Poor Social Conditions May Increase Risk of Alzheimer’s

Comparing those who are least disadvantaged with those most disadvantaged, it appears that living in deprived conditions, may increase your risk of Alzheimer’s. This is shedding light on racial disparities, including the level of stress associated with racism and poverty.

It’s important that we acknowledge these findings, both from a medical standpoint, as well as a social justice standpoint. As we become more aware of how social inequality affects large populations, we can actively intervene, increasing support where it’s needed most.

Social Stressors Threaten Neural Health

Significantly affecting African Americans, numerous studies have found that certain conditions appear to have severe consequences on one’s brain health in later years. Impacting African Americans disproportionately, these factors included:

  • Poor living conditions
  • Stressful events, including the loss of a sibling
  • Divorced parents
  • Chronic unemployment

It’s clear that stress is harmful to our hearts — but what about our brains?

This is a topic of interest studied closely in recent years, as rates of heart disease and dementia continue to rise. A key variable is cortisol, a hormone that negatively affects memory, thinking and mood long-term. When an individual lives in conditions that contribute to chronic stress, their cognitive health becomes threatened.

Social Conditions Increase the Risk of Dementia Among African Americans

In the past, researchers have suggested that African Americans showcase a higher risk of Alzheimer’s, based on their genetics, as well as factors surrounding obesity, such as diabetes and high blood pressure. In more recent years, however, their attention has shifted based on the connection between social disadvantage and stress.

While studying the effects on African Americans, the types of stressors listed above can take an average of four years off of an African American’s life, in comparison to 1.5 years for non-Hispanic Whites. This was found within a University of Wisconsin study, which was recently presented at the 2017 Alzheimer’s Association International Conference.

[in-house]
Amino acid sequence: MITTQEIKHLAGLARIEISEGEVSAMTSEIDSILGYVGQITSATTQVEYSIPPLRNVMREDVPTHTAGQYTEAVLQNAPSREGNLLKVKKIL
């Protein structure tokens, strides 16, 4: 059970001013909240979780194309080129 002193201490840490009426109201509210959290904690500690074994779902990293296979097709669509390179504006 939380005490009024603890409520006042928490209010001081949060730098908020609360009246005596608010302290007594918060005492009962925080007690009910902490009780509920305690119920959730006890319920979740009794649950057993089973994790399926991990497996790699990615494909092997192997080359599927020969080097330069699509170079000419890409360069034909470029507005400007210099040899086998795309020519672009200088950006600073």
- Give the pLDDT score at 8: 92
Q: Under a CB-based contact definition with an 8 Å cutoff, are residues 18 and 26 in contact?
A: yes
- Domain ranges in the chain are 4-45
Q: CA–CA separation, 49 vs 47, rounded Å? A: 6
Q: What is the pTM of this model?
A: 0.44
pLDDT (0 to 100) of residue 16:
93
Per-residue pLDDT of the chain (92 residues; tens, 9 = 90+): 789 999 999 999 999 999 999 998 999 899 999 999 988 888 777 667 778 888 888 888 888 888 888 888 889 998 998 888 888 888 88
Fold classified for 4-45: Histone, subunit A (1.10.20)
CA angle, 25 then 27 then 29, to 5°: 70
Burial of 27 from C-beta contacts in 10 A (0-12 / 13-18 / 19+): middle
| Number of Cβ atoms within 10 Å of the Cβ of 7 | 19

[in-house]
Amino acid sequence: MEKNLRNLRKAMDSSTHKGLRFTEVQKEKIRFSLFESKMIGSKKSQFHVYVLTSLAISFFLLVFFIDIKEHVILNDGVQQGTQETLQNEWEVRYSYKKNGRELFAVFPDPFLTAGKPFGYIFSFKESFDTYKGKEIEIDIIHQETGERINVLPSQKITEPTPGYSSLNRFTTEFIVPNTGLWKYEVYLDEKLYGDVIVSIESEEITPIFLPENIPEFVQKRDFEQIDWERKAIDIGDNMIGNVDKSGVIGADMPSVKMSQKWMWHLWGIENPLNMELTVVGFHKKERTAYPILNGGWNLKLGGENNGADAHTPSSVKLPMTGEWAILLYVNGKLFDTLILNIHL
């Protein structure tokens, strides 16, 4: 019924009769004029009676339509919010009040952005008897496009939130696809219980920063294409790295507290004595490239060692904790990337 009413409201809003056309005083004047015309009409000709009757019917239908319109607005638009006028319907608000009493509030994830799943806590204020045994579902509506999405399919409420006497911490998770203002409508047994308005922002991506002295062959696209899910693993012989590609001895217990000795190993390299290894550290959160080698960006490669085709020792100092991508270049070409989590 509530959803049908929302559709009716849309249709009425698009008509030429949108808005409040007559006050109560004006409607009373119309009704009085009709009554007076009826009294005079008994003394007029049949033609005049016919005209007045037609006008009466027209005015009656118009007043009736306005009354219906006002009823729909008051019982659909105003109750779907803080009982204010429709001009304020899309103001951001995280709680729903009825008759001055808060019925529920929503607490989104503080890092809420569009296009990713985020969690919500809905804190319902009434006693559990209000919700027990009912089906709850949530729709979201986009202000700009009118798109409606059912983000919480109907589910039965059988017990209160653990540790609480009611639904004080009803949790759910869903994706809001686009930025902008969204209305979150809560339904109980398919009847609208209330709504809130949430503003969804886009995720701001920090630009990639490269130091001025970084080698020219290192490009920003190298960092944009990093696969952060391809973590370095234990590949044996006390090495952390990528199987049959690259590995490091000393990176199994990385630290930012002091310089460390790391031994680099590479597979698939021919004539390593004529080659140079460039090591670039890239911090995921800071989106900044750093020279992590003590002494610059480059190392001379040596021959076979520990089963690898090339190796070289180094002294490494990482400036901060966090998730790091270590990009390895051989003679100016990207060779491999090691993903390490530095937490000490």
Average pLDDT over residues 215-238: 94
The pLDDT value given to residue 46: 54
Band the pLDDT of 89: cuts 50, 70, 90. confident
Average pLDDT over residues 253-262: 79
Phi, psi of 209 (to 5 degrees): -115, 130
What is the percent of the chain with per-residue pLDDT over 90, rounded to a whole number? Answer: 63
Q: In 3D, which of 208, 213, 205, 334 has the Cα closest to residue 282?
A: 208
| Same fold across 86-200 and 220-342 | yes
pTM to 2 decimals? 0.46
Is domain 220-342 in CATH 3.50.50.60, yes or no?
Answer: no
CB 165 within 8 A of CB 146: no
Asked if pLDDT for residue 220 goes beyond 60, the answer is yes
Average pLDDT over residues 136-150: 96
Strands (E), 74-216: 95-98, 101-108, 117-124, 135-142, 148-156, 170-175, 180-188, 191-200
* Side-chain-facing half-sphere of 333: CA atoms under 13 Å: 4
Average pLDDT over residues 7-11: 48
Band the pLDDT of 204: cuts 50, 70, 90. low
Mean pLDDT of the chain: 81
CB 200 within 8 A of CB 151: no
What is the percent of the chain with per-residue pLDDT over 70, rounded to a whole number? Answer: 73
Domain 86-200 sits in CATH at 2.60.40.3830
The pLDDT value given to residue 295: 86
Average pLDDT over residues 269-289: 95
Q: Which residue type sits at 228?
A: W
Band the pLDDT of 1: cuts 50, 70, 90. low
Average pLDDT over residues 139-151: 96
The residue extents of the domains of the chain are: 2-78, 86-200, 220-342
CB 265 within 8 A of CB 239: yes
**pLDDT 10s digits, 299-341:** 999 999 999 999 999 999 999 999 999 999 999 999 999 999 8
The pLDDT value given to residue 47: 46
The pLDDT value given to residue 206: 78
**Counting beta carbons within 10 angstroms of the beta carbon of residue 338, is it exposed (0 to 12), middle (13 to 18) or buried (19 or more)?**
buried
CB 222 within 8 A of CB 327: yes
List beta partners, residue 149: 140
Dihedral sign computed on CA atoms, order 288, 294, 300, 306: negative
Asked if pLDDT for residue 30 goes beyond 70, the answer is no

To summarize:

  • Researchers confirmed racial inequities in relation to Alzheimer’s disease, even after the age of 90.
  • It was found that a single major stressful event in early life, can result in four years of cognitive aging.
  • In relation, African Americans are most at risk, experiencing 60 percent more stressful events than non-Hispanic Whites across their lifetime.

Based on these concerns, other studies found similar findings, including:

  • In California, it was found that African Americans who were born in states that showcase the highest rate of infant mortality, increased their dementia risk by 40 percent. This increased rate was in comparison to African Americans who were not from these high-risk states. When compared to Whites, their risk increased by 80 percent.
  • Another Wisconsin study found that living in a disadvantaged neighborhood, increased one’s risk of cognitive decline later in life. This included biomarkers linked to Alzheimer’s.

Although these studies were addressing different things, they were all reaching a similar conclusion. When it all boils down, it appears that one’s social environment significantly contributes to these differences. Based on these findings, it’s clear that more urgent interventions need to be offered to these at-risk communities.

How Is Stressed Linked to Alzheimer’s?

Although it’s clear that social issues may influence one’s cognitive health long-term, how does stress relate to neural health?

You may be thinking, technically, none of the above social ‘stressors’ apply to me, however, I’m under constant stress. Perhaps instead of being unemployed, you’re overworked and exhausted. You wake up feeling on edge and go to bed thinking about the hectic day you just had.